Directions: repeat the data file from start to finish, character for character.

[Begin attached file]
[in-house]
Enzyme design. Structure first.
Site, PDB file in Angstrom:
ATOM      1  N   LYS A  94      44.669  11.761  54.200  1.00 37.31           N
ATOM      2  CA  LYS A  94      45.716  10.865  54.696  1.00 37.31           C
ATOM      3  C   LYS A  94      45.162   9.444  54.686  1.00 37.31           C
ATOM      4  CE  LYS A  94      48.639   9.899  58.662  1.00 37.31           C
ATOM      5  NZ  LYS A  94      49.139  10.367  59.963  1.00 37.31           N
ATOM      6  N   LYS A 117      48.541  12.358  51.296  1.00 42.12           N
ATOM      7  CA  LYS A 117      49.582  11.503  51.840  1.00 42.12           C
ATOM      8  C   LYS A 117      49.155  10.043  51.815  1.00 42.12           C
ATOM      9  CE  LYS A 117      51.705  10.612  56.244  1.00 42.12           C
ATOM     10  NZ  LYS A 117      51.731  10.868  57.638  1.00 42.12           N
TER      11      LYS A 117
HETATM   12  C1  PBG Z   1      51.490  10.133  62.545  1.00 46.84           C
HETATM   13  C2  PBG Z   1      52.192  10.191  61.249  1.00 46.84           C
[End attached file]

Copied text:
[in-house]
Enzyme design. Structure first.
Site, PDB file in Angstrom:
ATOM      1  N   LYS A  94      44.669  11.761  54.200  1.00 37.31           N
ATOM      2  CA  LYS A  94      45.716  10.865  54.696  1.00 37.31           C
ATOM      3  C   LYS A  94      45.162   9.444  54.686  1.00 37.31           C
ATOM      4  CE  LYS A  94      48.639   9.899  58.662  1.00 37.31           C
ATOM      5  NZ  LYS A  94      49.139  10.367  59.963  1.00 37.31           N
ATOM      6  N   LYS A 117      48.541  12.358  51.296  1.00 42.12           N
ATOM      7  CA  LYS A 117      49.582  11.503  51.840  1.00 42.12           C
ATOM      8  C   LYS A 117      49.155  10.043  51.815  1.00 42.12           C
ATOM      9  CE  LYS A 117      51.705  10.612  56.244  1.00 42.12           C
ATOM     10  NZ  LYS A 117      51.731  10.868  57.638  1.00 42.12           N
TER      11      LYS A 117
HETATM   12  C1  PBG Z   1      51.490  10.133  62.545  1.00 46.84           C
HETATM   13  C2  PBG Z   1      52.192  10.191  61.249  1.00 46.84           C